The Diversity Center meets Ms. Lisa Scott

When Wintlett Taylor-Browne, Director of the Diversity Center, asked me to interview Luther’s new Dean for Institutional Equity and Inclusion, Lisa Scott, I jumped at the opportunity to spend a few minutes with the most in-demand person on campus right now. Her laid-back yet confident demeanor made the conversation flow as I asked her about her position and plans for diversity and inclusion efforts on campus.

The many requests for meetings and collaborations with Ms. Scott came as somewhat of a surprise to her; she told me, “I’ve been hearing that Luther has been waiting for a position like mine,” and this high-volume demand makes it clear that our campus is eager to take advantage of Ms. Scott’s wide range of skills and experience.

Ms. Scott came to Luther from Susquehanna University in Pennsylvania, where she served as the Vice President of Student Engagement and Success. She has worked at a variety of institutions, including three liberal arts colleges, and has become a seasoned administrator. In her twenty years of professional diversity and inclusion work, she has connected with a wide variety of communities and organizations, and has familiarized herself with a breath of social justice issues.  She even visited Luther several years ago to do an external review of diversity at Luther. To these experiences, she said, “I like to think of myself as an activist administrator. Administration is an art form that needs innovation and creativity.” In her work at Luther, she hopes to create, “a more seamless experience for students,” so that all students may, “move across campus and experience service and response despite what office they are talking to.”

While Ms. Scott’s new position covers a lot of ground, she is particularly excited to work with the Diversity Council, the Academic Dean to diversify faculty, and with our new Vice President for Communications and Marketing to address the questions, “How do we convince someone to come here and stay here?”, and, “how do we tell the Luther story in a compelling way?” For her, part of telling this story is in the answer to the question, “what is in the way of becoming a more diverse institution?” and then doing the “requisite soul searching,” to find our answer. These questions and possible answers are some of the things Ms. Scott is most excited for in this position. She noted how the creativity and innovation present in diversity work is so exciting, and the path to true equity and inclusion happens when we make diversity and inclusion a priority. To Ms. Scott, equity means: “There is one door, not a myriad. All students should be able to have full access to institutional resources. There should be no gap in opportunity based on gender, race, sexual identity, religion, or any other identity. Equity should be moved from the margins to the center, to the core of importance.”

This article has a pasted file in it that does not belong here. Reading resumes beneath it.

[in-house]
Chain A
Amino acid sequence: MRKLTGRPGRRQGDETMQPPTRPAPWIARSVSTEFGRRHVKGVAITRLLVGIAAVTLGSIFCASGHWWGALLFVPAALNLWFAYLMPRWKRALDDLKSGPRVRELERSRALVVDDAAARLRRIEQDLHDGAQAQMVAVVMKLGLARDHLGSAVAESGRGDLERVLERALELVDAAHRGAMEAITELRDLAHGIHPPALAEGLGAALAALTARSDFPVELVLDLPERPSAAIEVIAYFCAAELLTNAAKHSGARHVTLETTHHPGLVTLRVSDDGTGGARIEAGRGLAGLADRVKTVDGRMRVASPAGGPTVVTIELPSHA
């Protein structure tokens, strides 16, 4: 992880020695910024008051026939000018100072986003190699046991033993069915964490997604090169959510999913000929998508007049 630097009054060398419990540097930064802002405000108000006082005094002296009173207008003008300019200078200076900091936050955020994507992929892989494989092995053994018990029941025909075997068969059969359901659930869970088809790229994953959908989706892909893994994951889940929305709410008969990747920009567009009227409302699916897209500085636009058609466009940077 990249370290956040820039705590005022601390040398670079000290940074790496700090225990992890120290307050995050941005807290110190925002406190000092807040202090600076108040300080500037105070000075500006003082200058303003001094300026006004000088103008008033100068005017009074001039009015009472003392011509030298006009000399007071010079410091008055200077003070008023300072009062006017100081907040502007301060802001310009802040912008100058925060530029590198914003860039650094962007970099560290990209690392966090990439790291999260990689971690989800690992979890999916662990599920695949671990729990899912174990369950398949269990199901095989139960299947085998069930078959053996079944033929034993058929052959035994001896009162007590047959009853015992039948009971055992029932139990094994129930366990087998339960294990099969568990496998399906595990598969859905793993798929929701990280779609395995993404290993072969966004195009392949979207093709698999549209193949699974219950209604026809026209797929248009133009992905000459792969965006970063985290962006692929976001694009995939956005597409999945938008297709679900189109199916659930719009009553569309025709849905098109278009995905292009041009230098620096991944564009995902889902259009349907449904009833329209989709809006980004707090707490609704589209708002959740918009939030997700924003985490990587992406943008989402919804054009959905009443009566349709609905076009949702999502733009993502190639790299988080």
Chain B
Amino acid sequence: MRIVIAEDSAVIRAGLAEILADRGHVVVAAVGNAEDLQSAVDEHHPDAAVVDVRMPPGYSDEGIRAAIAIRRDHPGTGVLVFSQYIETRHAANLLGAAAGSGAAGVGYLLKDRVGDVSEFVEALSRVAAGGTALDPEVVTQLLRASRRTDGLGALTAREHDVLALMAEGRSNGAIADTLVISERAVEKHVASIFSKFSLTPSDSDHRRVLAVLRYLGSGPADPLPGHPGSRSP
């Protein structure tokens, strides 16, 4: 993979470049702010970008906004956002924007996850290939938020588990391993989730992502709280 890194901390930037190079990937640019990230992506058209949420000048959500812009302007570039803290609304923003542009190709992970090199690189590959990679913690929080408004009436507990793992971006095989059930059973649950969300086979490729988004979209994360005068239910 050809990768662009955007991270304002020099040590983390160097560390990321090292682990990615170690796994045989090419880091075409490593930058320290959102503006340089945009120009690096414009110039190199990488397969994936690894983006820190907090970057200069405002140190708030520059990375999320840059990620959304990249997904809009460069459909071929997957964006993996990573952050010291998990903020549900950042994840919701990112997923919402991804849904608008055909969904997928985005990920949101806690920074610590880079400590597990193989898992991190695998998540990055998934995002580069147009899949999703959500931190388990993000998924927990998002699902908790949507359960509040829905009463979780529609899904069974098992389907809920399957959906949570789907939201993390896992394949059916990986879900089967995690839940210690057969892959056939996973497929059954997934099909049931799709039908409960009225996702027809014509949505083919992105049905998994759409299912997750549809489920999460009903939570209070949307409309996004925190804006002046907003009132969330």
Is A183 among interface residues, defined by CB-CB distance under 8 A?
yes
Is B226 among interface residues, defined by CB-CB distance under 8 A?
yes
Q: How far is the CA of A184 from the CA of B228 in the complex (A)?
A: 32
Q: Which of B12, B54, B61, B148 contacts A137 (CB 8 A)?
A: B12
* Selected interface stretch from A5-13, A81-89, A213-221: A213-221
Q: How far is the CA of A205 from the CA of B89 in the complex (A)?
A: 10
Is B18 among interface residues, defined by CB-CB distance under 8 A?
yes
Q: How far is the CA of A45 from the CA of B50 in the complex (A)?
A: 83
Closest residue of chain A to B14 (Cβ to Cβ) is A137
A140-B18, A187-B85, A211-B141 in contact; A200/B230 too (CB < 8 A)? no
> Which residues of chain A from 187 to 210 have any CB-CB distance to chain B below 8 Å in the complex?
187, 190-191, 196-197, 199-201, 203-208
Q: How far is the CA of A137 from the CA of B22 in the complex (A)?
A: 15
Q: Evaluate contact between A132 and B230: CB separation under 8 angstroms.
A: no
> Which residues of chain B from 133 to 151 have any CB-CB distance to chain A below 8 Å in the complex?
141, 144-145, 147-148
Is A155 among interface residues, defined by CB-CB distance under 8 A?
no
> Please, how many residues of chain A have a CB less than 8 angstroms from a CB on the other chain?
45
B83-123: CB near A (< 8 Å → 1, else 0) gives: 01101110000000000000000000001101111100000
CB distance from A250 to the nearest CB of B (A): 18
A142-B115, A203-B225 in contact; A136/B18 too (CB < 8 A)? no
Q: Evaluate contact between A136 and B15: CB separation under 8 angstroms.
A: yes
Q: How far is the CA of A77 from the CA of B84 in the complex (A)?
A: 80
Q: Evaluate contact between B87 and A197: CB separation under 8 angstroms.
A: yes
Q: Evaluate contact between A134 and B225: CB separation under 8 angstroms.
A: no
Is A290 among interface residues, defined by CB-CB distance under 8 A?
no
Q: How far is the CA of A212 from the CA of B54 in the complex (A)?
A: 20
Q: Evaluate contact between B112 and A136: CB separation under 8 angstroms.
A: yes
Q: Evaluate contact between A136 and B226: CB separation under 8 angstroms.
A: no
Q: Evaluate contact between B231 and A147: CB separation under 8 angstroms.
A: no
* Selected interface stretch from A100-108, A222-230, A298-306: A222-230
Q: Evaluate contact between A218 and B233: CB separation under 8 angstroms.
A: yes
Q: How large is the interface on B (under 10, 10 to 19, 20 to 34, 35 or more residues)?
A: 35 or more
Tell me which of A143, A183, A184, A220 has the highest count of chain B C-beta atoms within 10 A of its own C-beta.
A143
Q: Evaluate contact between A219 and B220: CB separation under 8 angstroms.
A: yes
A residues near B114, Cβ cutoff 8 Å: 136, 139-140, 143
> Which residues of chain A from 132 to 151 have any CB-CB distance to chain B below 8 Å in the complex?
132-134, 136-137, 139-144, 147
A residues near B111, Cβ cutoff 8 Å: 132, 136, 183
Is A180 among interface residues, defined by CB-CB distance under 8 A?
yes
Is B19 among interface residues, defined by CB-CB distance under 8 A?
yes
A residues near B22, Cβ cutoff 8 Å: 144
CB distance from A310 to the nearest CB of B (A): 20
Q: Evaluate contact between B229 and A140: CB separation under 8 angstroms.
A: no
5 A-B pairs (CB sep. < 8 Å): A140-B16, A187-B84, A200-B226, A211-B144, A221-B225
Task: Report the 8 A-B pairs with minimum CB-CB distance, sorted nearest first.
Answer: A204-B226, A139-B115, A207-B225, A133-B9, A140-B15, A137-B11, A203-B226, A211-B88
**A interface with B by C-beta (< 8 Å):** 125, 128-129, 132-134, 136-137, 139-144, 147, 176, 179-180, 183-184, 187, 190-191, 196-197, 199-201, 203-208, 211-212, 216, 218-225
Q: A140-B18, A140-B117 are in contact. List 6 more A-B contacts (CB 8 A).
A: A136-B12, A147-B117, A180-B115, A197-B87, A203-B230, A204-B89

I am sure many of you are aware of the conversations on our campus about equity, inclusion, and diversity. Ms. Scott and her new position are a welcome step in what is hopefully the right direction to address such issues and have such conversations. She is looking forward to, “moving the needle,” towards equitable progress. We at the Diversity Center extend our warmest welcome to Lisa, and look forward to the opportunity to work with and learn from her.